Visual Identity Advertising
Drawing out first sketches.
Doesn’t feel right. Deciding the best for the task would be an image that expresses the ideas of fashion, style, seasons and trends. We want to play up the name and create the style that would be “on trend.” Art director suggests seeking inspiration in the works of Juan Miró.
Studying the artist’s works. They really are exceptionally beautiful, but also trendy. Trying this approach. Suddenly coming up with something original but also in the manner of Miró! We were so in love with that concept that decided not to reveal it here. We’ll leave it for the future.
Ok. Little pot, cook. Looking for something new. Why not turning to another approach—a more classical one? For instance, let’s try calligraphy.
Not bad. Can live with it. Let’s go on.
Got it! The last one is nice. At the same time thinking on the logo to complete the overall style. It has to be something delicate to go well with the flowers. Maybe something like this?
The first one. Trying it out and at the same time working on the presentation.
Putting together presentations for the other versions as well.
Presenting. The client takes a long pause to think. Later on it turns out that the client sees the overall style differently. It needs more gloss, chic, luxury, splendor and other signature attributes of Moscow city center. We could incorporate them into the flowery concept, but only if we change the logo to something more respectable.
Cmnd+N, starting over again. Drawing sketches inspired by glossy magazines, runway shows and current trends.
They all look good, but we decide to continue with flower collages and colorful splashes. At the same time we turn to the type designer to develop a calligraphic logo. She comes up with a fresh and vibrant calligraphy. The client wants the logo to be calligraphic and “vivid.”
Putting it into the flower collage template.
Drawing a logo for the “engraved” flowers version.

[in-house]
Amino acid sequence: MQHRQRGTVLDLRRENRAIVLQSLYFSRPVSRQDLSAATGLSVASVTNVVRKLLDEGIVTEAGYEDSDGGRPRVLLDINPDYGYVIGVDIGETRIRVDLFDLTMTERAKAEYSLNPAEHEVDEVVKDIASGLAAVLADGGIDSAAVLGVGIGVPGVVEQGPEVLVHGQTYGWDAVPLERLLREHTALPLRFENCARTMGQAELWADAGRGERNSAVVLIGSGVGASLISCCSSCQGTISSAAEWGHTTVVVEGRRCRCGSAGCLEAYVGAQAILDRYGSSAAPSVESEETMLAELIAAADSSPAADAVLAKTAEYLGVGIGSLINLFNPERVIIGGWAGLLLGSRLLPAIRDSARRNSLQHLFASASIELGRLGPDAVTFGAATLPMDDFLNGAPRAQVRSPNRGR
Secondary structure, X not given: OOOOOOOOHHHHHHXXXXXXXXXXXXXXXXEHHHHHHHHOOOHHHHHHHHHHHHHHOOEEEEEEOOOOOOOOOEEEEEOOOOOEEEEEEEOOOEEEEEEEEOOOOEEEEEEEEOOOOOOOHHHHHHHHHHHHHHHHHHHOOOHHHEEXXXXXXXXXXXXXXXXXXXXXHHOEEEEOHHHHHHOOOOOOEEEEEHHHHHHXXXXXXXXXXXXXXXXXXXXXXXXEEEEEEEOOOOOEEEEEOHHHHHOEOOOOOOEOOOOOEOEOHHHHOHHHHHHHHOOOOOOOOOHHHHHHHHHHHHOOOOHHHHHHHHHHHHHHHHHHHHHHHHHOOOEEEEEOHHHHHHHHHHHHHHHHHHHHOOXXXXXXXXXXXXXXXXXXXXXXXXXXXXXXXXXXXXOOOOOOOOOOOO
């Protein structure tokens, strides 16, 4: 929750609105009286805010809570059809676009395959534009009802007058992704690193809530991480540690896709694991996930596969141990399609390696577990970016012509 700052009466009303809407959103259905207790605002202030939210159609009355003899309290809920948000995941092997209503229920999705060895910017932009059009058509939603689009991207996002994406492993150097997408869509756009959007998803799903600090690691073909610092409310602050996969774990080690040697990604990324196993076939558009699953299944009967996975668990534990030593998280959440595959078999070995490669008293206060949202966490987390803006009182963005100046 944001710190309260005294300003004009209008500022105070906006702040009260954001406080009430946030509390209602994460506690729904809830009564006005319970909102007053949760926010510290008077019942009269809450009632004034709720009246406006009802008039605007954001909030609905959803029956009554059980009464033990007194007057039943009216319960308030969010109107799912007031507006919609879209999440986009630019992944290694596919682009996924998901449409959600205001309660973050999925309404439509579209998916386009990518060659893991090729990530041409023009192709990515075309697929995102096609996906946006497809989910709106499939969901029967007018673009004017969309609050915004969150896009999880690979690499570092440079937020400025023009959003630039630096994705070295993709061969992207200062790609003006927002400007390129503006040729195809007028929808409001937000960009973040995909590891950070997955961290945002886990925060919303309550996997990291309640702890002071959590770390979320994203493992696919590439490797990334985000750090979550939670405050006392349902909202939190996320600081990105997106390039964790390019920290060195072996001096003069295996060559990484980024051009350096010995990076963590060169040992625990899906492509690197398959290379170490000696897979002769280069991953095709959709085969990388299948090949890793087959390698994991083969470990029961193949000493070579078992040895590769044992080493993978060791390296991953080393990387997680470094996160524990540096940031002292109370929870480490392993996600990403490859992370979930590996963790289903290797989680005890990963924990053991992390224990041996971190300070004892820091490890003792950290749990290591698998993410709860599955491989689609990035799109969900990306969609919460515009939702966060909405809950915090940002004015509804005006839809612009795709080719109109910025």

Although it looks good with splashes as well.
This is something to think about. Maybe we should make another calligraphy? Coming up with an elegant and sharp design.
Presenting all variants to the client.
All designs are flatly rejected except for the calligraphic one. But the second version also doesn’t feel right. Eventually the client decides on the collage concept. But we need to work on the calligraphy. And the overall style needs testing on an ad template—for example, an ad for the food festival that’s going to take place in the arcade. And it also would be good to test the splashes concept. We need to compare and think.
The flexibility of the styles impresses the client, but he decides to opt for the collage concept. Working on the calligraphy. Trying different variants. For instance, a more expressive paintbrush one.
Nope. We have to continue the search.
Definitely not it. Art director sends us his sketches.
We decide to choose the bottom one and work it out, but the search isn’t over. Let’s roll.
Art director chooses three variants. Trying them on a sample ad layout. The client chooses the third one.
Drawing, modifying. Now we need another ad layout—for the grand opening. We decide to continue with the flower theme and play with different meanings. Drawing a parallel with blooming flowers.
Nope. The client thinks it looks like a flower shop. Ok, then we’ll replace flowers with clothes—fabric, jewelry...
The inscription seems too small and illegible.
Finally, everything clicks. The word “мода” (fashion) is unveiled—ta-da!—a triumphant, long-awaited opening of the new fashion season arrives. Meanwhile, designing another layout.
Art director: Cool, but for the next time.
Going back to the first variant. The client wants the print ad to have a background. Making sketches.
Suddenly, we’re made aware that the magazine issue with the ad goes to print midday tomorrow. Urgently doing the photo shoot.
Finishing the midnight layout.
Greeting the new season.
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